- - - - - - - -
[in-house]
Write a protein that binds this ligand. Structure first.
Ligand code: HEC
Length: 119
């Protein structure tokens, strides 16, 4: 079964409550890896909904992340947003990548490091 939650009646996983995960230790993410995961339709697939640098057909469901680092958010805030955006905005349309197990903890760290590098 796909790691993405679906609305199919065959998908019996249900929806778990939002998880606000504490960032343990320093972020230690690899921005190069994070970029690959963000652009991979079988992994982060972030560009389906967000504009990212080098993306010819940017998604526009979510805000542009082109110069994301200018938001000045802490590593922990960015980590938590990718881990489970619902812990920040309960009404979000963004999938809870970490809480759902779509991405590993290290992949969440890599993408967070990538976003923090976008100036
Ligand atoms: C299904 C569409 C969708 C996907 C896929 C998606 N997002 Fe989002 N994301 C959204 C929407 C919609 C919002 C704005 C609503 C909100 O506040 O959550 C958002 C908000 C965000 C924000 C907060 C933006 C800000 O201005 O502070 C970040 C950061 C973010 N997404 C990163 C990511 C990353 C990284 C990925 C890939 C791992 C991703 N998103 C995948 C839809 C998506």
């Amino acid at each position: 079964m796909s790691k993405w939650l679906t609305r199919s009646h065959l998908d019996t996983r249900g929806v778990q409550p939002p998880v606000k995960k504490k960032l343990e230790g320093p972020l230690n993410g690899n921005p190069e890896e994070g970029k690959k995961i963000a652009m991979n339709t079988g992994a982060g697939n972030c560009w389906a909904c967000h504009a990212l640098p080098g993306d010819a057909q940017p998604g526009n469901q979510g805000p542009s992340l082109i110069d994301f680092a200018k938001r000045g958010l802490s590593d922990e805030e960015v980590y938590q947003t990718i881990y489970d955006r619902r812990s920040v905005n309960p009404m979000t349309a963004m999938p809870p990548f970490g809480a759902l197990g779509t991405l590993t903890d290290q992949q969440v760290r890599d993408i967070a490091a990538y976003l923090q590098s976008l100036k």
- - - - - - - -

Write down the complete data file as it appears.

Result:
[in-house]
Write a protein that binds this ligand. Structure first.
Ligand code: HEC
Length: 119
């Protein structure tokens, strides 16, 4: 079964409550890896909904992340947003990548490091 939650009646996983995960230790993410995961339709697939640098057909469901680092958010805030955006905005349309197990903890760290590098 796909790691993405679906609305199919065959998908019996249900929806778990939002998880606000504490960032343990320093972020230690690899921005190069994070970029690959963000652009991979079988992994982060972030560009389906967000504009990212080098993306010819940017998604526009979510805000542009082109110069994301200018938001000045802490590593922990960015980590938590990718881990489970619902812990920040309960009404979000963004999938809870970490809480759902779509991405590993290290992949969440890599993408967070990538976003923090976008100036
Ligand atoms: C299904 C569409 C969708 C996907 C896929 C998606 N997002 Fe989002 N994301 C959204 C929407 C919609 C919002 C704005 C609503 C909100 O506040 O959550 C958002 C908000 C965000 C924000 C907060 C933006 C800000 O201005 O502070 C970040 C950061 C973010 N997404 C990163 C990511 C990353 C990284 C990925 C890939 C791992 C991703 N998103 C995948 C839809 C998506």
């Amino acid at each position: 079964m796909s790691k993405w939650l679906t609305r199919s009646h065959l998908d019996t996983r249900g929806v778990q409550p939002p998880v606000k995960k504490k960032l343990e230790g320093p972020l230690n993410g690899n921005p190069e890896e994070g970029k690959k995961i963000a652009m991979n339709t079988g992994a982060g697939n972030c560009w389906a909904c967000h504009a990212l640098p080098g993306d010819a057909q940017p998604g526009n469901q979510g805000p542009s992340l082109i110069d994301f680092a200018k938001r000045g958010l802490s590593d922990e805030e960015v980590y938590q947003t990718i881990y489970d955006r619902r812990s920040v905005n309960p009404m979000t349309a963004m999938p809870p990548f970490g809480a759902l197990g779509t991405l590993t903890d290290q992949q969440v760290r890599d993408i967070a490091a990538y976003l923090q590098s976008l100036k």